“You lot are making so much noise, I can’t even hear myself think! Shush!”
The redheaded lady who raised me had had all of the chatter, all of the bickering, all of the bragging she could stand for one day. Her voice was raised above the hullabaloo of the five children in the house and the silence that ensued was deafening–in a strange sort of way. It was only a momentary respite, but in that short time period, I remember thinking about the strange words she has just uttered.
“…I can’t even hear myself think!”
What does that mean? Thoughts were inside your head. How could anything from outside drown out thoughts?
Moving a few years past the redheaded lady’s cry for mercy, I hear the voice of another person of influence in my life. The silver-haired man stood in front of our little class of five or six college-aged students. We all thought that we wanted to learn the skill of tuning and maintaining the piano. Expecting to begin with learning how to manipulate the tuning hammer on the strings, an obvious step in learning to tune, we were instead listening to a lecture as the diminutive man spoke of the theory of sound.
“What is the most important element in making music with the piano?” he began. “The strings? The soundboard? Perhaps, the hammers?”
With a mischievous little grin, he gave the answer in the form of a riddle. It was one which scientists (and philosophers, for that matter) have been asking for centuries.
“If a tree falls in the forest, and there is no one there to hear it, does it make a sound?”
Oh! I knew this! Raising my hand, I blurted out, “Of course it does!” In that instant, I was caught in his trap. He wasted no time in springing it, either.
“Wrong! Sound occurs only when there is both a transmitter (in this case, the tree falling) and a receiver (the missing person to hear it). It is a scientific fact.”
Of course, I argued. I still do. But, there was no retreat in the teacher. Soon the whole class was offering individual opinions. The noise level continued to rise, until he quieted us down.
“The point I want to make is that music only occurs when there is an instrument from which the tone emanates and a person or persons to hear said music. Transmitter–receiver; both necessary and important parts of the music.”
I didn’t go on to be a piano technician. I hate tuning pianos. The drudgery I experienced when sitting at the keyboard plinking at fourths and thirds, listening to the beats in the tones and manipulating the tuning hammer, cannot be overstated. I would never be a piano tuner.
That doesn’t mean that I didn’t understand what the teacher, my father-in-law, was driving at, though.
And now, we speed past a number of years to the night I sat in an auditorium listening to an accomplished concert pianist as he filled the atmosphere of the room with beautiful music. The system was working. The transmitter (pianist with piano) was fulfilling its function admirably and the receiver (audience) had no complaints.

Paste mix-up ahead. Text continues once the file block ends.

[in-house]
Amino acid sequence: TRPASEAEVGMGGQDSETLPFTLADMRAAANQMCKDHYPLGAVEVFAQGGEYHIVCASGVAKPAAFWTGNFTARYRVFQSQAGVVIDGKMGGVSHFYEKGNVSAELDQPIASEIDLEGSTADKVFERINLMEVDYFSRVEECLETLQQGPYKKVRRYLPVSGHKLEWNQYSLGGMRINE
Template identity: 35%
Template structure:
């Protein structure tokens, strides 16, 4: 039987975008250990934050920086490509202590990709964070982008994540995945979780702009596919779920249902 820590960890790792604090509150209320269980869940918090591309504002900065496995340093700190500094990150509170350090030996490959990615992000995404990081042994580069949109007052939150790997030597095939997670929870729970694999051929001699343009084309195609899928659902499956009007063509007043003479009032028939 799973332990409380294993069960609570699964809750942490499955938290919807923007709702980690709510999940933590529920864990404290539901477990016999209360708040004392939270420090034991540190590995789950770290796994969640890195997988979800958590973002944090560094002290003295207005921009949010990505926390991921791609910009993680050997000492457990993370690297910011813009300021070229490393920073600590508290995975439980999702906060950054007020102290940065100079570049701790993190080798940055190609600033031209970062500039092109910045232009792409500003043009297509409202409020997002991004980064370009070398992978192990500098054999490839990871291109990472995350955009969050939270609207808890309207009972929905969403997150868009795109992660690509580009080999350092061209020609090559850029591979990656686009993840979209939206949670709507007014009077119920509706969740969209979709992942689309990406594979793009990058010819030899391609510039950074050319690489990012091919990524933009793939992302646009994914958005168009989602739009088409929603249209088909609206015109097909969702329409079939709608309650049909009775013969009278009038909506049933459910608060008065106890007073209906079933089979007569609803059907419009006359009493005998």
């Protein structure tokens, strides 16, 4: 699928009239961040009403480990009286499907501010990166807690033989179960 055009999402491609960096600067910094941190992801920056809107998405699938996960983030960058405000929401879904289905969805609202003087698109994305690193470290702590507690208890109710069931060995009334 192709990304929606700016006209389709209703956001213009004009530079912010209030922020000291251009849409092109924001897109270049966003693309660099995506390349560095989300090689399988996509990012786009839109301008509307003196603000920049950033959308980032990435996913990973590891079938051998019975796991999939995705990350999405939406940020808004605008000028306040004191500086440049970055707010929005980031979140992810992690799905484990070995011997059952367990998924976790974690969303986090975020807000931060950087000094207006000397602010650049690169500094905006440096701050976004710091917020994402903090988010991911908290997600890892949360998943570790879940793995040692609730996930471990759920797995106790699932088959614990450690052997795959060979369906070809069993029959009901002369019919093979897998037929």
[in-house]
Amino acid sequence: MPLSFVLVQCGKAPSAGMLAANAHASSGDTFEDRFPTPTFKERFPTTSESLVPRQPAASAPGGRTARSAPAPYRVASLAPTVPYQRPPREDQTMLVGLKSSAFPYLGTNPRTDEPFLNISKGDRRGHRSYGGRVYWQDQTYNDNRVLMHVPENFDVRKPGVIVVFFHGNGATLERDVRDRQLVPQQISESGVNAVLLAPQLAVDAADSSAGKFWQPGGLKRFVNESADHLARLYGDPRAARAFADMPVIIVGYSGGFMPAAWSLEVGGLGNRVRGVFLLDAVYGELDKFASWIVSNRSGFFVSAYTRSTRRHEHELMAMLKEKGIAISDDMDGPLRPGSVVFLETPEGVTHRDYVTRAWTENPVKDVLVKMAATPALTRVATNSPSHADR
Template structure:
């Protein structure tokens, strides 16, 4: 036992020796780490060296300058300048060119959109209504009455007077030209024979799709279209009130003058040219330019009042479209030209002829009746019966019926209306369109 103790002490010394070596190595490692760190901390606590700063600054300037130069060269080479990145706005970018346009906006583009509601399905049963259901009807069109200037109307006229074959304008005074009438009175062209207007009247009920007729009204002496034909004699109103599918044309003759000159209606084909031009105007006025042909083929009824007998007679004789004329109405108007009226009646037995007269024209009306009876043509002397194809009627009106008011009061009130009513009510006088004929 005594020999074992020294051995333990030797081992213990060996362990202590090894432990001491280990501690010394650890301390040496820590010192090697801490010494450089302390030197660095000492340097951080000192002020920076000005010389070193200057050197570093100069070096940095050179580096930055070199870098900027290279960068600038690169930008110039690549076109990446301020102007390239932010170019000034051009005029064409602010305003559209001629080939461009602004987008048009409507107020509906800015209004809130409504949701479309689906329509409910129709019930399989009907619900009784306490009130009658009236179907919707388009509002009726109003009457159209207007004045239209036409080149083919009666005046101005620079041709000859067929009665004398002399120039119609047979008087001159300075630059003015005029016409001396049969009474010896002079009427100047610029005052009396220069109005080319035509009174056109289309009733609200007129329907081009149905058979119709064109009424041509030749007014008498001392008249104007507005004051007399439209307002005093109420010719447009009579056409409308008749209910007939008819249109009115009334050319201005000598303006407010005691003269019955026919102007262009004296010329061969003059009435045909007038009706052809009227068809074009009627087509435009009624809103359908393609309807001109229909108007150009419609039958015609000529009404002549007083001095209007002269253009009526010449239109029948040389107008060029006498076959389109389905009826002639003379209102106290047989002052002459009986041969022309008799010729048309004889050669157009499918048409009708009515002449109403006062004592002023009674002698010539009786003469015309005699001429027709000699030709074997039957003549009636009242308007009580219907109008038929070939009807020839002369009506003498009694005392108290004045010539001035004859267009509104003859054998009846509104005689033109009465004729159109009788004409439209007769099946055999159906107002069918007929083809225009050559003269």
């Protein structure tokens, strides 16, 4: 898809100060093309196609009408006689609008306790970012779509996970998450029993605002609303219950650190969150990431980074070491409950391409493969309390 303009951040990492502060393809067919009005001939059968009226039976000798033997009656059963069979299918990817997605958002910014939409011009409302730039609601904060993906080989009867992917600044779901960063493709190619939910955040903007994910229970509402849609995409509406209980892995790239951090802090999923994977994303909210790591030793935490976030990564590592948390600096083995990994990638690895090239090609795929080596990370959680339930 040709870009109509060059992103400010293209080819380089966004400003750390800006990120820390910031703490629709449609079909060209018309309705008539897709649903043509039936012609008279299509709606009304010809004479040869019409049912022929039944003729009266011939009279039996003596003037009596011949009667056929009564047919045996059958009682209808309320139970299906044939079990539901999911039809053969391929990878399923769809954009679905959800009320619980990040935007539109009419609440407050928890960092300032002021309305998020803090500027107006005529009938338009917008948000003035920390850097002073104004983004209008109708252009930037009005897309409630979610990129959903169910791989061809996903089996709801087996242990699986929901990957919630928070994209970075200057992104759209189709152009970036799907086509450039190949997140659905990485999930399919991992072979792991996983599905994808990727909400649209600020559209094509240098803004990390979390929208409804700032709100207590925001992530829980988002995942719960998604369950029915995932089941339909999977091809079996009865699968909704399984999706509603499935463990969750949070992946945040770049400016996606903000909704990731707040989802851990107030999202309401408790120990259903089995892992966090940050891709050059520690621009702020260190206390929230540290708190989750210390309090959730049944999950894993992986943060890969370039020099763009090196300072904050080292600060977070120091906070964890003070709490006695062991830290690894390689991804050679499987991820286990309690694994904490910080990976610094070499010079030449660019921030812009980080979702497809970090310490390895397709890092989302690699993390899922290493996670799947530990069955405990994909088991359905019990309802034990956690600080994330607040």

Suddenly, something went very wrong. A moment before, the arpeggios and the chords had been well behaved and organized, but now they were all askew. Where crisp notes had flowed in a pleasant manner from the instrument previously, now garbled and roaring conglomerations of tones blasted the eardrums of those listening. The roaring grew louder by the second. Momentarily, I looked at the pianist, assuming that he had forgotten his music, perhaps shifting his hands up on the keyboard a half-step instead of continuing in the correct position. In that moment, though, the realization of what had happened became clear.
The pianist was doing everything right; it was the piano which was at fault. The dampers–those pieces of felt which silence each vibrating string when its part is ended, to await the next time the artist presses a key and causes the hammer to strike that string once more–the dampers weren’t functioning. All akimbo, they were hung up above all the strings. Every string on the piano was free to vibrate, without constraint. The result was musical pandemonium.
Tonight, as I remember that hideous din, my mind is drawn back to the five children and their suffering mother. I wonder if malfunctioning dampers played a part in that situation, too.
I certainly don’t want to afflict anyone with a sophomoric explanation of the need for restraint in our communication. It is likely to be all too evident as we look at the world in which we live.
The din is increasing, the unrestricted voices beginning to roar. Some days, the cacophony is so loud I despair of it ever returning to a level at which any sense can be made of it at all.
All of which makes me realize that we seem to have come full circle tonight.
Last week, this aging grandfather sat in the living room at his own home, surrounded by the noise of four young children at play. I was almost astounded to hear the words, seemingly called forth from my mouth without any intent on my part.
“You guys are making so much noise, I can’t hear myself think! Shush!”
I can hear the red-headed lady chuckling from here.
Even in the case of lifeless things that make sounds, such as the pipe or harp, how will anyone know what tune is being played unless there is a distinction in the notes?
(I Corinthians 14:7 ~ NIV)
We have entered an era vibrating with the din of small voices.
(Matt Drudge ~ American political commentator/author)
© Paul Phillips. He’s Taken Leave. 2013. All Rights Reserved.
Did you enjoy this post? Let your friends know about it by “liking” our page on Facebook!